• Telco vendor suppliers are boosting their AI credentials with Nokia recently unveiling the latest version of its Cognitive Analytics for Consumer Insight software, bolstering the Consumer Experience Index (CEI) with automated machine learning (ML) capabilities, the latest ecosystem solution aimed at driving operators to deliver real-time, personalized experiences and better compete against the major digital brands.
• Telco software suppliers, such as Nokia, should demonstrate multivendor credentials and build out an AI-specific services practice to further differentiate the solution and fulfill the full spectrum of operator digital business demands.
Operators are fighting for their long-term competitive survival. Top-tier digital brands such as Amazon, Google, Alibaba, and Netflix, are winning customer experience and satisfaction battles virtually across the board. In order to fight back operators must fulfill four major digital business objectives:
• Retain high-value customers and reduce overall churn.
• Identify new revenue streams more rapidly.
• Transition operations to customer-centric network management including automated self-service.
• Bolster business agility by applying data at the optimal time context.
Vendors have spent a great deal of focus building out their artificial intelligence “smarts” over the past several years to help operators compete more effectively with the webscales. For example, in March, Nokia updated its Cognitive Analytics for Consumer Insight software to improve real-time customer engagements, informed by a host of customer and network data to help solve connectivity and service issues on the fly. The solution includes Nokia’s CEI, which correlates data from multiple inputs like devices and the network to generate a customer-specific score assessing subscriber satisfaction and service performance. Nokia is using ML and deep learning algorithms to deliver new levels of prediction and automated recommendations for next-best actions that operators can use to proactively solve customer concerns and improve the overall experience.
However the AI competitive landscape is thickening in the telco software realm. For example Nokia is competing against a swath of rivals like Amdocs, Netcracker, Huawei, and Ericsson, which are also using AI, including automated ML, to augment their telco software portfolios. So, what will successful vendors need to do to strengthen and further differentiate the latest versions of their telco AI solutions? Two key portfolio areas are ripe for forging differentiation:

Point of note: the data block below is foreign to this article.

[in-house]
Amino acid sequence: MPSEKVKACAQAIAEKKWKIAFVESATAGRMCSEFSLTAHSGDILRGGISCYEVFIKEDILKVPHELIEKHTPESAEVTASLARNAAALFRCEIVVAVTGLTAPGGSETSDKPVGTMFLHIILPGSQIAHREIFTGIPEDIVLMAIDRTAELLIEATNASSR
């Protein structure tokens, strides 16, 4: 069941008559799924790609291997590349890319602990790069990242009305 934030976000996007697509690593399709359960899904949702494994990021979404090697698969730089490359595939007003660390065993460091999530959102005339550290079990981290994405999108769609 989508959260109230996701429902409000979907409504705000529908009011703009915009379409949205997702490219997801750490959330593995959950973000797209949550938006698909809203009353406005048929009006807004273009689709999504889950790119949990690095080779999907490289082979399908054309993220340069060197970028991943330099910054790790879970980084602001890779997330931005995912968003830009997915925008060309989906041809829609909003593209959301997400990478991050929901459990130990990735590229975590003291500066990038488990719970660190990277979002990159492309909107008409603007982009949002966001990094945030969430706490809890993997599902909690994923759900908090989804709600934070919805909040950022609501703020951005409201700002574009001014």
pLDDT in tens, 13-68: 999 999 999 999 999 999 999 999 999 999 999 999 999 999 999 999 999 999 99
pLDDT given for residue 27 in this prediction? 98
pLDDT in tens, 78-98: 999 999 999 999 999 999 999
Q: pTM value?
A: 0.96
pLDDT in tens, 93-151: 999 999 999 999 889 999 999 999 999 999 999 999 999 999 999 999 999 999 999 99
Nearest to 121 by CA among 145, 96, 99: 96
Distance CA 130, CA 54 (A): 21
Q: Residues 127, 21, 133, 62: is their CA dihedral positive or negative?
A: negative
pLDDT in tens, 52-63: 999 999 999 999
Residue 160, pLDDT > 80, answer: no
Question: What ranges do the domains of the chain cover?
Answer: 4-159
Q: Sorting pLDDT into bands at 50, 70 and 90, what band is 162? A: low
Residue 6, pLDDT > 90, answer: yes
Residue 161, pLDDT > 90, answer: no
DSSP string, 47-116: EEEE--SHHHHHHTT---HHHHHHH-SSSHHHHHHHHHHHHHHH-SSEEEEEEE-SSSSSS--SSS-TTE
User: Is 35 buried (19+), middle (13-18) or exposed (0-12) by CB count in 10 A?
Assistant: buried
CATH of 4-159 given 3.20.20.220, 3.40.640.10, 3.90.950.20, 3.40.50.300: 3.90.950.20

• Multivendor Credentials: Telco software vendors need to increasingly emphasize the multivendor capabilities of their new AI-related solution offerings, especially within complex, hybrid cloud environments. The multivendor aspect is particularly important in transitioning carrier operations to custom-centric management that rely increasingly on self-assist tools. For Nokia, the approach can boost its marketing edge in demonstrating the multivendor credentials throughout the Nokia Software Suite and Services. Moreover, Nokia pre-empts rivals from positioning the Cognitive Analytics for Customer Insight enhancements, particularly for maximizing CEI data inputs, as Nokia-centric, since the announcement did not attest specifically to multivendor capabilities. All suppliers need to consistently maintain the multivendor, open source capabilities of their telco AI solutions, including at the press release level, to assure operators that proprietary traps are not around the corner.
• AI-specific Services: AI still has not proved itself in operator networks. As a result, AI suppliers will have to invest into more resources and AI expertise educating operators on its reliability and accuracy. The approach is especially critical for operators to identify new revenue streams before competitors and applying analytical insights to the customer experience with optimal timing. Nokia, for instance, consistently refreshes its services portfolio, and the unveiling of the latest version of Cognitive Analytics for Customer Insight provides the opportunity to carve out AI-specific services package to fulfill unique operator demands. Nokia AVA cognitive services platform already integrates cloud-based delivery, automation and intelligent analytics to scale personalized digital services, strengthening Nokia’s hand in differentiating its portfolio with AI-centric services. Likewise Netcracker, Amdocs, Ericsson, and Huawei all need to develop their AI-specific services capabilities to accelerate adoption and assure operators AI can perform the essential automation tasks needed to win the digital experience battles.
With the new telco AI solutions expanding, telco software vendors need to integrate AI capabilities into the fabric of their overall telco software portfolio development and marketing. For example, Nokia is betting the Cognitive Analytics for Customer Insight software is key to differentiating its overall telco software portfolio as well as driving operator adoption of automated to ML applications essential to enabling digital experience capabilities like real-time visualization and next best actions decision-making. However, Nokia, like its key rivals, must proactively promote their solution’s multivendor and AI-specific services capabilities to ensure rivals do not steal their AI marketing thunder in the near-term.